After a single vote

After the voter has cast their vote, they're asked to sign the notebook and the Mesário gives them a piece of paper, taken from the notebook itself, which is the proof that voter actually voted. The voter can now leave the session, and the next one comes in. This is the cycle that happens until 5PM.

Electoral session post-election-day ceremonies

At 17:00 (5PM), all voting sessions are due to stop soon. If there are any remaining voters in the queue, they must be attended (which means the session might stop after 5PM), but no new voters will be attended (so the actual place closes its doors, but the sessions inside are still open).

After all voters went through, the Mesários issue the command to make the voting machine stop. When that happens, it prints out the total amount of votes that were casted on that session, as in, “candidate X got N votes”, “candidate Y got M votes”, etc. This report is called “Boletim de Urna”, and I'll keep its translation as Vote Report.

The Vote Report is generated from the RDV file cited earlier, it is printed by the voting machine up to 11 times. The first copy is a check to see if the printer of the machine is operational, then 5 required copies, then 5 optional copies that may be requested by political party representatives, the media, or the Ministério Público. Other reports printed are the Justificative Report, and the Mesário Identification Report.

All 5 required copies of the Vote Report and the Justificative Report are signed by the President of the Voting Session, the Mesários, and other Inspectors. Mesários must sign the Mesário Identification Report.

The Vote Report MUST be publically available, either through physical means, where one of the copies is put on the voting session itself, or through digital means, on the TSE's website. The Vote Report contains a QR code which means you can cross-reference the tally made by the voting machine with what the TSE received.

Another copy is given to one of the Inspectors in the session, or the media, or a representative from Ministério Público. Remaining reports are sent back to TREs.

After all of those are finished, the voting machine displays that the session is over, and can now be turned off by the President of the voting session.

Vote Transfer

The Vote Report, while it is sent to TREs, is not the way votes are processed. The voting machine writes all of the information in its Vote Report on the locked-up USB flash drive. The seal and lock are undone, with the President for the session's supervision, and all flash drives for the Zone are sent physically back to TRE.

On the TRE, those flash drives are loaded for final counting, their data is sent back to TSE via a separate network (network is provided by Embratel), and from there, results are distributed via online/TV to everyone in the country. Here's the website for the 2020 Local Elections.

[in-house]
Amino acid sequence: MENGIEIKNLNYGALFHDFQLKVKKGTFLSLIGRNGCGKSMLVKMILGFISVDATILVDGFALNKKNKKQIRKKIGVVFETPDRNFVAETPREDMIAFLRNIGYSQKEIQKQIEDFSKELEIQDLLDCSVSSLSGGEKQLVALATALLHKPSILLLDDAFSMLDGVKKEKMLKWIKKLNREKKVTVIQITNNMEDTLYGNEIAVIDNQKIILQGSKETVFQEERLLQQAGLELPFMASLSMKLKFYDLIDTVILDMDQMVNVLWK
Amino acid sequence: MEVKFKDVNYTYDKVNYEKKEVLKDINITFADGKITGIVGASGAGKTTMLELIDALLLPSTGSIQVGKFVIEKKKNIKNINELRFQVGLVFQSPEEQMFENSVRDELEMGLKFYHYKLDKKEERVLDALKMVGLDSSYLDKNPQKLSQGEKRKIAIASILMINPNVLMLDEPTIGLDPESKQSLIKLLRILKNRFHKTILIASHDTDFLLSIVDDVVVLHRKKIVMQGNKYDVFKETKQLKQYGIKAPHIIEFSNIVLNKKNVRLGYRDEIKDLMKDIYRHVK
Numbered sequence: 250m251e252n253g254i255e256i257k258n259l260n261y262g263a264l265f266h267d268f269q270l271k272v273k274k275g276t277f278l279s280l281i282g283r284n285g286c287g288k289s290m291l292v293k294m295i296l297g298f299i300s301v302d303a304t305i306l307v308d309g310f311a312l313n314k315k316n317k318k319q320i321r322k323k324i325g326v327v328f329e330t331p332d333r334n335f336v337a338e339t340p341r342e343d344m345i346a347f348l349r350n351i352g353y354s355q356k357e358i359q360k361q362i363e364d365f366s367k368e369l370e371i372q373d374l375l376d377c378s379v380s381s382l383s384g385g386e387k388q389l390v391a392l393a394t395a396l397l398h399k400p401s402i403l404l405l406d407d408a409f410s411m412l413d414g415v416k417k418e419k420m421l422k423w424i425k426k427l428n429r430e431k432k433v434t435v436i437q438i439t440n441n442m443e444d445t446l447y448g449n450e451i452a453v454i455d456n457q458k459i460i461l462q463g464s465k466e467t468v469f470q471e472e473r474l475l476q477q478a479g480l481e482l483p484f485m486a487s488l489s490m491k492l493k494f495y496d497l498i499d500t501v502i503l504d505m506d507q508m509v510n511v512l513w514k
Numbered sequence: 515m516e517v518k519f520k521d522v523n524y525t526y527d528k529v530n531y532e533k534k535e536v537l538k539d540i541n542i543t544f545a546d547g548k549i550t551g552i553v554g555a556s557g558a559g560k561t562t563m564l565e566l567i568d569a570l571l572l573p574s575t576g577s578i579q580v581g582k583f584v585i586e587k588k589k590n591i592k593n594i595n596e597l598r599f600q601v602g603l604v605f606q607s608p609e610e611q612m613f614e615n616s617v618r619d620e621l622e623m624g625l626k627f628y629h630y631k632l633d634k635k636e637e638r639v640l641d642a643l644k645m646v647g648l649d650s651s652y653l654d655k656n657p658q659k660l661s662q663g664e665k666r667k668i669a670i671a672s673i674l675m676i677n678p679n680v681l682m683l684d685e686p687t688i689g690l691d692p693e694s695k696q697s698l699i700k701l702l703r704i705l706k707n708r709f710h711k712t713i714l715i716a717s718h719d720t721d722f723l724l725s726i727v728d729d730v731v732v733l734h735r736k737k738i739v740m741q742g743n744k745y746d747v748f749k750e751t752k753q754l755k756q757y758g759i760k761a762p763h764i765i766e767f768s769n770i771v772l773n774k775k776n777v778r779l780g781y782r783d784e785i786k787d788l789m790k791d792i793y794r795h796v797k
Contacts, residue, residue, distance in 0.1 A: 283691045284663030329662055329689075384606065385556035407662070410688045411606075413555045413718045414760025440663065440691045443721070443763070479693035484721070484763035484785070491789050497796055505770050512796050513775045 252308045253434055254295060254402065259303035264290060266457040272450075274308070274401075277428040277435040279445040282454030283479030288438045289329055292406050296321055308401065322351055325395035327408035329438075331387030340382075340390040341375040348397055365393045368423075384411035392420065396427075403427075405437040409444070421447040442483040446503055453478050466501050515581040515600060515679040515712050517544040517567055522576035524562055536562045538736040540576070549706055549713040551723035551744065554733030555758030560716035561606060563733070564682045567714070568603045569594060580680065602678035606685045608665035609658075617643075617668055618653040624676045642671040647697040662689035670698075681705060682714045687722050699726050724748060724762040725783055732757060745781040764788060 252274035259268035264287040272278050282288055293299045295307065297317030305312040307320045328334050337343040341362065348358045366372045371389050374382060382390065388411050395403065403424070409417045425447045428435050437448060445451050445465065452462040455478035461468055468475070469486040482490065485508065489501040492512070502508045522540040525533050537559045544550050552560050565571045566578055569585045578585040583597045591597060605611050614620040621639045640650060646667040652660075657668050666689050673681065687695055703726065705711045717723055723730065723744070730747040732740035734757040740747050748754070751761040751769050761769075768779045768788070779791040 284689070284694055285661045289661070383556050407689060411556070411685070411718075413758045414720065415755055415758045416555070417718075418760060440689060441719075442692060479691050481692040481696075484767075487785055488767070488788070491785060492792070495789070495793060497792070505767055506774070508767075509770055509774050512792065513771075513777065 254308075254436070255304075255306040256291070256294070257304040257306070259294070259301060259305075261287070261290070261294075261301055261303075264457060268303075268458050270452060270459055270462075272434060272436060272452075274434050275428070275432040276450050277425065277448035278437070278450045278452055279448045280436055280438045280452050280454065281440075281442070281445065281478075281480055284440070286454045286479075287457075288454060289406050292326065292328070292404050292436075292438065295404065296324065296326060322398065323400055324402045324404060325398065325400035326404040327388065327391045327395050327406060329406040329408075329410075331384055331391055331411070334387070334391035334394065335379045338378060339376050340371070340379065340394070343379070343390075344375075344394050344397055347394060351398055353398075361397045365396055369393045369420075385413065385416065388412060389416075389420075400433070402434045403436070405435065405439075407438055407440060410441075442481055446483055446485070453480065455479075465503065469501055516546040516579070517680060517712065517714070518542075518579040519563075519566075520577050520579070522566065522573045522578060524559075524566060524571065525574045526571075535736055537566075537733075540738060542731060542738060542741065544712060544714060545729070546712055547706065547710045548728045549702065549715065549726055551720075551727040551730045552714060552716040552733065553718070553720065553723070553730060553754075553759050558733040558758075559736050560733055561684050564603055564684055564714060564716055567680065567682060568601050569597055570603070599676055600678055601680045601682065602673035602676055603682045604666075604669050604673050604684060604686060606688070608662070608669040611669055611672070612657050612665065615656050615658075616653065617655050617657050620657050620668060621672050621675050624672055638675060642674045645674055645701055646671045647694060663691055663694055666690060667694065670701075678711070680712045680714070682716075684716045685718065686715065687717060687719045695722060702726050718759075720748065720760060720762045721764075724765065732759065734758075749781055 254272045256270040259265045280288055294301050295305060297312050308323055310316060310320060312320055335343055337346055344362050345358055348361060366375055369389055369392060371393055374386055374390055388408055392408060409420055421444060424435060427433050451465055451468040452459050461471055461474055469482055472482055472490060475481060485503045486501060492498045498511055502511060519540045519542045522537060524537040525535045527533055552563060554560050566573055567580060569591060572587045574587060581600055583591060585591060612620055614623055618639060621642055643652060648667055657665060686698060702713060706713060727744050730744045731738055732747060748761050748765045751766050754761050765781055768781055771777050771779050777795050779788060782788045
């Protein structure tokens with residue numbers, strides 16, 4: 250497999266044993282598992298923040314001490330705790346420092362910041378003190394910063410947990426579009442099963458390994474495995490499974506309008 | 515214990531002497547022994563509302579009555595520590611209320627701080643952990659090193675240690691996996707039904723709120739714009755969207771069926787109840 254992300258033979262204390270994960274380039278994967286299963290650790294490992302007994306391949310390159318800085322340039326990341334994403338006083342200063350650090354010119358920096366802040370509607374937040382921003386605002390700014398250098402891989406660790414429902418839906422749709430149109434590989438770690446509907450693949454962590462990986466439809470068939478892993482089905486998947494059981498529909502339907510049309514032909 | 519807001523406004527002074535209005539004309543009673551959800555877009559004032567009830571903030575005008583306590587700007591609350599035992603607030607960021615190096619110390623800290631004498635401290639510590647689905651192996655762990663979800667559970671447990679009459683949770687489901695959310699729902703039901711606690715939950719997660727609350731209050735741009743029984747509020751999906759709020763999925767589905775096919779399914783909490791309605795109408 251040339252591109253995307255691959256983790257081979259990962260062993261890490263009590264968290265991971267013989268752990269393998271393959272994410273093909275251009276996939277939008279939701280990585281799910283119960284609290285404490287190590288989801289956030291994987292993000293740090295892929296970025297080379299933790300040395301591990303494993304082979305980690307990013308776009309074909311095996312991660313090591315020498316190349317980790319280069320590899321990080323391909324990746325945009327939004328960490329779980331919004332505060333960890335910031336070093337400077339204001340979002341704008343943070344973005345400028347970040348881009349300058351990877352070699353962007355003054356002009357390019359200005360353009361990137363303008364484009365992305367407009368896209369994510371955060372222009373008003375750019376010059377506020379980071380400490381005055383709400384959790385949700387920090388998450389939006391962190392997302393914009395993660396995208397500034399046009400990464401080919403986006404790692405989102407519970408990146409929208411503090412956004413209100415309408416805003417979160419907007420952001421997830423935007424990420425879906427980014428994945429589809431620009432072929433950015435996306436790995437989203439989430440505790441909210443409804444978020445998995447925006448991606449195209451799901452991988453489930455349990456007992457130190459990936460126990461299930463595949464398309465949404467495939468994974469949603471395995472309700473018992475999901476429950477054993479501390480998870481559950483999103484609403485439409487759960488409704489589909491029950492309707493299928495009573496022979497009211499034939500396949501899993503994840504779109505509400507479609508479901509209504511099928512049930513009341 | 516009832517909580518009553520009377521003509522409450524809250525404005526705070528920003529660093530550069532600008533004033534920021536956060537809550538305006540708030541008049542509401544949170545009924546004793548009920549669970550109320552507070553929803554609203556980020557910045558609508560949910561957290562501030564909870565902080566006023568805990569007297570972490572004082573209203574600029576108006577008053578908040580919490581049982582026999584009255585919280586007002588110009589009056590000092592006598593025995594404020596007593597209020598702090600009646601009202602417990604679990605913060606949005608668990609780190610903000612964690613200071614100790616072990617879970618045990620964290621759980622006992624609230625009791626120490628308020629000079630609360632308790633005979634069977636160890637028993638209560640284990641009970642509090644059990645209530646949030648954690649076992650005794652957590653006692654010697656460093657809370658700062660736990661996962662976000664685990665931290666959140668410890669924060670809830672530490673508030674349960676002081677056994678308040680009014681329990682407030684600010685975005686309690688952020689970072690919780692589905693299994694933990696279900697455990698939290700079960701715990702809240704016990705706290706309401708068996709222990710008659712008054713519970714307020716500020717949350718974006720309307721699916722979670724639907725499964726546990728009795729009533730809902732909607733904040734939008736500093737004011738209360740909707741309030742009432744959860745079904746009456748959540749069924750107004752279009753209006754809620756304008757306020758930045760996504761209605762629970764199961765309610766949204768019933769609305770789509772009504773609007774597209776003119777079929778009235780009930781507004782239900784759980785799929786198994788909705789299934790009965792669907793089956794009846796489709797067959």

Before actually starting this I want to say that programming language discourse is 99% of the time based on subjective experience. The writing here is my subjective experience dealing with Python. Python may be good for you, or bad for you, or whatever. Replacements beware.

Time changes, people change

I've started learning Python after attempting to learn C but failing back in approximately 2013. But I would only consider writing Python for internet-facing production in 2017.

This rant has hindsight bias, for sure. But a good point on Python is that I didn't quite knew how to program things before learning it. Sure, I did write massive if chains with C but nothing more complex because as soon as I started reading the pointers chapter I would get confused.

Nowadays I'm not that confused with C pointers, or the difference between the stack and the heap (thanks Zig), and I'm a different person, with different goals and needs on what I want my software to be, or, what its principles are. But, even though I'm a different person, I'm still locked in to the younger me with Python, and now that I can put “5 years of experience writing Python” on my CV, I don't think this will go away any time soon.

A non-exhaustive list of things that keep me sad while writing Python

I could go on and enumerate things I'm not happy with and that I ultimately don't have power to fix, so here we go:

  • Typing is sad, it's both a mix of giving static type checking but without actually breaking the language. I mean, yes, typing is good, but in the end you can declare a function that takes an int and give it a string and you'll only know something is wrong at execution time if you don't have mypy, and so you go to install mypy, and then it doesn't find some library, or a library doesn't have typehints, or it decides to never want typehints, etc, etc, etc.
    • A subproblem of typing is using things like typing.Protocol. Which I tried to use, once. It type passed afterwards, but I feel dirty after writing something like that. I wish I could elaborate further on why, other than that general description of “something's wrong” while looking at it.
  • Packaging. God. Packaging. After going through requirements.txt, setup.py, poetry, dephell, pipenv, I just gave up and settled on setup.py since it's the only guaranteed thing that might work.
  • Not being happy with the “large” frameworks AKA Django, meaning I have to go to things like Flask, but then there's asyncio, so I'm going to Sanic, then sanic is it's own hellish thing, and I'm now comfortable on Quart. And by using a niche of a niche of a niche web framework, I'm having to create my own patterns on, for example, how to hold a database connection by just putting app.db = ... on @app.before_serving, you can be sure mypy does not catch anything about that at all. Love it.